Peter Love reports on the sale and background of a 1928 Scammell S10 artic unit that’s now the oldest of its type still on the road.
It’s with mixed emotions that we report that 91-year-old steam wagon and heavy-haulage pioneer, John Charles Butler, has sold his 1928 Scammell S10 artic unit No. 1240 Rumbling Rose; the only survivor from the famous EW Rudd fleet.
John, who lived in Tonbridge, Kent, purchased the vehicle in 1962 from Archie Redmond’s Coronation Garage, in Falcon Road, Ponders End, which was run by his good friend and Archie’s son, Tom. Tom was also a vintage commercial vehicle pioneer and Scammell fan and owner himself (see The Yellow Rolls-Royce film, and the end sequence for more of Tom and his Scammell outfit).
John paid £60 for the Scammell, but it didn’t have a back axle and so they went in Archie’s Austin K4 5-tonner runabout and picked a good one out of many that Hardwick’s had at Cock’s Lane, Ewell, Surrey. With this fitted with chain, the magneto sorted and the engine oil topped-up (not drained), the Scammell started and went on to take part in various HCVS London to Brighton Road Runs. The first one started at London Transport’s Clapham museum, by the time they arrived the other entries had all left!
Tom went charging off with his Scammell, but John couldn’t keep up and plodded on, but both made it to Brighton! At this time the Scammell was on pneumatics and was kept with other venerable machinery near Judd Road, in Tonbridge. Later the Scammell gained solid tyres, and its last outing on the London-Brighton run was with the restored Scammell artic trailer which, amazingly, had been discovered dumped in Orkney. It was brought back to Kent on the back of the Pierce brothers’ green AEC Ergomatic-cabbed Mercury rigid.
It was an incredible to see the outfit looking perfect when it was on the run. After marriage to Gill and a new life at Harrietsham, the Scammell went with them and took part in various local events over the years. It was the star in the Scammell 100th Anniversary 2022 show in John’s ownership.
John has done so much with this amazing Scammell. Its 7-litre OHV engine was so advanced for its time, and was coupled to the ‘dreaded’ diaphragm clutch which could be a problem off and on with the ‘old girl.’ This was experienced by the editor when on a trip with it to the Ardingly Rally in July 1980, when it went over centre and stuck at Penshurst. After the assistance of some very young children, a length of rusty bedstead was found to act as a lever through the floor boards, the clutch freed-off when it cooled down and, with French chalk added, we were on our way! The petrol tank was high up on the bulkhead in the cab.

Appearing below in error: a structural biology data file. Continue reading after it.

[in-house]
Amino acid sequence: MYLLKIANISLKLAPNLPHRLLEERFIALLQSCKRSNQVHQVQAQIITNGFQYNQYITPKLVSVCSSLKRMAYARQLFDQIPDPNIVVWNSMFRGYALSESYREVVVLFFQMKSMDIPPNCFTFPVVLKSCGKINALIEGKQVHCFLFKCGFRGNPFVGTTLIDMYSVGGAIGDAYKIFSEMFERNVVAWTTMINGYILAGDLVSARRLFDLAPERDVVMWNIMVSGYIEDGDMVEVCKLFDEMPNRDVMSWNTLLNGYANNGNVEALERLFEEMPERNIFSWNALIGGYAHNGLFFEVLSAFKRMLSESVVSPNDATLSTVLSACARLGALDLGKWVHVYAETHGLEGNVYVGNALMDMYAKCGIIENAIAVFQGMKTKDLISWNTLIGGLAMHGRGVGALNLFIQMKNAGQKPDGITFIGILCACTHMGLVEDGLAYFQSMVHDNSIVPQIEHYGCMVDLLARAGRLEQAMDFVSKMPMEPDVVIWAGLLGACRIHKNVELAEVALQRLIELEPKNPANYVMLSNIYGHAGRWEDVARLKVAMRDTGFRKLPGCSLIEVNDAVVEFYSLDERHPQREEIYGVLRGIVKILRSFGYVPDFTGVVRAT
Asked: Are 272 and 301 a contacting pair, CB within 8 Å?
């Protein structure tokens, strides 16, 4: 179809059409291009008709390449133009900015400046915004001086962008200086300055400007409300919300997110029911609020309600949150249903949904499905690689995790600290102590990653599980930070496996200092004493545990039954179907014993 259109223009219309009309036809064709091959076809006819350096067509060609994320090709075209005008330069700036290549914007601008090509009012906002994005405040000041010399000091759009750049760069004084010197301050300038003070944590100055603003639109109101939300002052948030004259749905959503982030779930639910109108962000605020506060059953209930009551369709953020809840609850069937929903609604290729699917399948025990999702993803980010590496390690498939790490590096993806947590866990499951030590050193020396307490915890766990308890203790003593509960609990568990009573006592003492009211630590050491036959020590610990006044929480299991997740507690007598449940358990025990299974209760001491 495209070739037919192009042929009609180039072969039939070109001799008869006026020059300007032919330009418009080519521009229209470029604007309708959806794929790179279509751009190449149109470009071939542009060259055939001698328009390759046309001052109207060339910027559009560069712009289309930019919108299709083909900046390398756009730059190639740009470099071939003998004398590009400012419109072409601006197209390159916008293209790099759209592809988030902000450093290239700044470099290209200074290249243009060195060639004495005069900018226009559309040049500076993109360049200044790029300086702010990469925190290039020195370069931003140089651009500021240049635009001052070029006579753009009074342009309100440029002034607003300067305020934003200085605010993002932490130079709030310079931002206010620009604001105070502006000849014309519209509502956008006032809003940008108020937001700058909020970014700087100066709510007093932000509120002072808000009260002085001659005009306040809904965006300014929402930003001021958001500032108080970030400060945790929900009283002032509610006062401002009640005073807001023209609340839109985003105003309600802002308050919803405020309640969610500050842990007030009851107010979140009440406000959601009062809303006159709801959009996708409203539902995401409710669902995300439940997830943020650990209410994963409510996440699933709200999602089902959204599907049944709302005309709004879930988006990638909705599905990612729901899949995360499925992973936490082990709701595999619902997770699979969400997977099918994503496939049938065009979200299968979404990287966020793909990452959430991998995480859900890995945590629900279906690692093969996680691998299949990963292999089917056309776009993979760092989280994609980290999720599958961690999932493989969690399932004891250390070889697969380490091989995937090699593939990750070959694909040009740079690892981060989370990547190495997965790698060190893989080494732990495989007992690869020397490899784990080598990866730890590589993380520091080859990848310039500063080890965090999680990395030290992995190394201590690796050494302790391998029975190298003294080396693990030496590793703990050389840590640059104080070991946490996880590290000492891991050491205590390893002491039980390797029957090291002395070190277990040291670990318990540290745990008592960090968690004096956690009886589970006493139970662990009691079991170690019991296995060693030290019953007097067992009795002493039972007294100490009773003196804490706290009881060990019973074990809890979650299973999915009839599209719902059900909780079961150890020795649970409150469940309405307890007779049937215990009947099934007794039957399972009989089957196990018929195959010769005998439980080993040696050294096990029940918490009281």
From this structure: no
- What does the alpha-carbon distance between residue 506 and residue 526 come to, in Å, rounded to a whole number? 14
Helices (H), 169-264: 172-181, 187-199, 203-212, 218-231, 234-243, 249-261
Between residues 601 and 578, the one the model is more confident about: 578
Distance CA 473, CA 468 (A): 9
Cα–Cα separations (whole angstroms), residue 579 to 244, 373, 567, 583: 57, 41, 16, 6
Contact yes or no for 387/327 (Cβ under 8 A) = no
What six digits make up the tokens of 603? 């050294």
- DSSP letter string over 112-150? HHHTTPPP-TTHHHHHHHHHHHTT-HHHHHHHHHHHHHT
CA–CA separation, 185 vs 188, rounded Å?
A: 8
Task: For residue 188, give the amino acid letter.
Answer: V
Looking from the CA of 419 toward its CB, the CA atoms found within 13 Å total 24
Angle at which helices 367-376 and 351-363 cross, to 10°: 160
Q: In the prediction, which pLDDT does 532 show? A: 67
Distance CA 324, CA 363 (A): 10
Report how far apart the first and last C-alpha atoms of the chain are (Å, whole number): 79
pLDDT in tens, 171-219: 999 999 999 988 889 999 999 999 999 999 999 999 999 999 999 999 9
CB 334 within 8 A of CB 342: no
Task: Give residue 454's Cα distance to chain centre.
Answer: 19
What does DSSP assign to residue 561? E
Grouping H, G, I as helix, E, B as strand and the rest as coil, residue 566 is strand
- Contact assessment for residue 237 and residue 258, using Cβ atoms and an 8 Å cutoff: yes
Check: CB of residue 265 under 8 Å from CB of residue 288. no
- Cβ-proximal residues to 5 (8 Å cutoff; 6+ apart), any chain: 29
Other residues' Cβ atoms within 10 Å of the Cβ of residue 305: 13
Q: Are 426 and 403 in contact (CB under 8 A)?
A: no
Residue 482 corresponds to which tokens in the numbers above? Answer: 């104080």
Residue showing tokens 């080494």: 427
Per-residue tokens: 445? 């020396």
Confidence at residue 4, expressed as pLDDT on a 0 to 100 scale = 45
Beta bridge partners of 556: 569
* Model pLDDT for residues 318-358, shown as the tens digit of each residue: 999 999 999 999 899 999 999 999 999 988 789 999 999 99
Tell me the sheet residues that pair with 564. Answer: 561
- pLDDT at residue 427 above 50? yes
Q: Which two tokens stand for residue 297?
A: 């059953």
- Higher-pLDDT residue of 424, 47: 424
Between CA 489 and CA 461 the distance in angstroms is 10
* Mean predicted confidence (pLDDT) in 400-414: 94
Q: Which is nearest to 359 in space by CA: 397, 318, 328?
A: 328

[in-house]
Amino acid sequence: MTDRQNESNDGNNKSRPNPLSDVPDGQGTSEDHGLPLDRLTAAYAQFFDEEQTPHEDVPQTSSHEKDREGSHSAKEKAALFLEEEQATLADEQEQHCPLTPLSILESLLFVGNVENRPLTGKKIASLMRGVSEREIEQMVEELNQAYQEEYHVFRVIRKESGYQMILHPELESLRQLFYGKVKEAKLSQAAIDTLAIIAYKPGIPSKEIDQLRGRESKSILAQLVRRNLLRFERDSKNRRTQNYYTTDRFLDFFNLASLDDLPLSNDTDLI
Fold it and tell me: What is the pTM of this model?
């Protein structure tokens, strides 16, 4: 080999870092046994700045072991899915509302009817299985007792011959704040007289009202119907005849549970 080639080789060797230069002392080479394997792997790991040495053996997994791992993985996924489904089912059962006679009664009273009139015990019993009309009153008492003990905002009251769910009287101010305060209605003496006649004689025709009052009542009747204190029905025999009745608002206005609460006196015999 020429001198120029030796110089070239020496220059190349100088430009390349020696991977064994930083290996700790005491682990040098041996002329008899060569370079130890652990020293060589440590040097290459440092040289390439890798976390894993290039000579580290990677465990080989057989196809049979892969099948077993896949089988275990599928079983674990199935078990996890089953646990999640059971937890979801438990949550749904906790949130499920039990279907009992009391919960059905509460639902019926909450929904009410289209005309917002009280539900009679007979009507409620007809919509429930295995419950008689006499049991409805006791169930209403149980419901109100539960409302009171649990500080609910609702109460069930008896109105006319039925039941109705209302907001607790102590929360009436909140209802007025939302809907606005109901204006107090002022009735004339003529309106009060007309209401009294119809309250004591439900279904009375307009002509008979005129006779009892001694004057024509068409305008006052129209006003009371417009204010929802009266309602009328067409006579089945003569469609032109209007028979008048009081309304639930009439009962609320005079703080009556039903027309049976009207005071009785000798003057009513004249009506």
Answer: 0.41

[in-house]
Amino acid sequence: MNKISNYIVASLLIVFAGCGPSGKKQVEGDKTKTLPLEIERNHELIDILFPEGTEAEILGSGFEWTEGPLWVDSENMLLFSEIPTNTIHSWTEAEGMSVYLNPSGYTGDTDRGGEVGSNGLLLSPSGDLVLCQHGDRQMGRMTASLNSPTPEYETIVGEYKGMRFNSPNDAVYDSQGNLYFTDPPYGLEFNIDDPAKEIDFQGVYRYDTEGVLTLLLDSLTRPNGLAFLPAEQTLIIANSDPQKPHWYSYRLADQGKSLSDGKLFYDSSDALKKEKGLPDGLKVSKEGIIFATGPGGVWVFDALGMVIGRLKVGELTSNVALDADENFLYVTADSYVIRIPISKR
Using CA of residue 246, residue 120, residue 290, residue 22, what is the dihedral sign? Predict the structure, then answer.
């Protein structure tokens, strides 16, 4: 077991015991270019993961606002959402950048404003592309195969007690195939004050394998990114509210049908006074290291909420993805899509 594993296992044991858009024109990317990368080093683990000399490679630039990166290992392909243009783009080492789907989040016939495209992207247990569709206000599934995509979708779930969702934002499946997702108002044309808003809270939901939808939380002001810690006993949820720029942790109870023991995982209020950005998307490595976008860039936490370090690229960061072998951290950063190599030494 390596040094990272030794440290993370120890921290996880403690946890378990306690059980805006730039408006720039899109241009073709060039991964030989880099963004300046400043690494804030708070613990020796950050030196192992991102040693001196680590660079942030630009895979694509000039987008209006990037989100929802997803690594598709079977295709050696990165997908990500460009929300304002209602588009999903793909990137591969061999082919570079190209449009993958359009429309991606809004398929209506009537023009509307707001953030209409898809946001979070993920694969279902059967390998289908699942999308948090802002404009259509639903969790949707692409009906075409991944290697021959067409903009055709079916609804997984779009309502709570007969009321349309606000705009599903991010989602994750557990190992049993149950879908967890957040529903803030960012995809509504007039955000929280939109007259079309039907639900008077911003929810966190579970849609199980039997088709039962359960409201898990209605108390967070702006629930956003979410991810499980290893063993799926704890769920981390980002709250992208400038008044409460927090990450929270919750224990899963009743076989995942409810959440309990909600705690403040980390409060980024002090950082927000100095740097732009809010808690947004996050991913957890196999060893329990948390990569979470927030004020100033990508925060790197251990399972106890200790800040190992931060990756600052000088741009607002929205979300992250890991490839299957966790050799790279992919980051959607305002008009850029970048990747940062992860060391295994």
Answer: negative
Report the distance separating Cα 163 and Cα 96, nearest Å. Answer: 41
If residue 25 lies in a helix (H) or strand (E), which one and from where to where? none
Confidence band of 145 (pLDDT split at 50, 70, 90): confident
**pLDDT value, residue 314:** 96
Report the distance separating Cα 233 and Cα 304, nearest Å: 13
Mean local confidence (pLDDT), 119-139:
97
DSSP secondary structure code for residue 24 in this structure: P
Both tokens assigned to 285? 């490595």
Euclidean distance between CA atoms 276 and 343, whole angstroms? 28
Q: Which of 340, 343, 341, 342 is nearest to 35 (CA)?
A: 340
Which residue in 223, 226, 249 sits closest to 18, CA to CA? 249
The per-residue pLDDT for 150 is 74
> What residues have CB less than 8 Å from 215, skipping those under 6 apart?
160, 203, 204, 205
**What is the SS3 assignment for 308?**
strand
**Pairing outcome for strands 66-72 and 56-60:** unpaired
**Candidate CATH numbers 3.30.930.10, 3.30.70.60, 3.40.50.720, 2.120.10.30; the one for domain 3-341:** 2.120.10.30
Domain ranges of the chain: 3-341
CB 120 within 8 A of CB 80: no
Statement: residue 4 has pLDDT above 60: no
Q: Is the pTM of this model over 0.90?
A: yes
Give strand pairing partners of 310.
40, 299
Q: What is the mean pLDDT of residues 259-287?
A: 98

In working days, these solid-tyred Scammells used to eat wheel bearings and king pins, but were certainly a great improvement for heavy-haulage operations that were using steam wagons and road locomotives – the future was with Scammell.
The S10, if that’s actually its model designation, is now with Robbie Jardine and, already, his two sons have all the lamps working and the pioneer artic unit has a new future ahead with people who will appreciate it. It’s so pleasing that young people are enjoying this fabulous piece of kit, as I did as a 10-year-old in 1962, when I first saw it. It certainly opened my eyes at the time. Today the Scammell is known as Rumbling Rose – let it rumble on for decades to come!
This feature comes from the latest issue of Old Glory, and you can get a money-saving subscription to this magazine simply by clicking HERE
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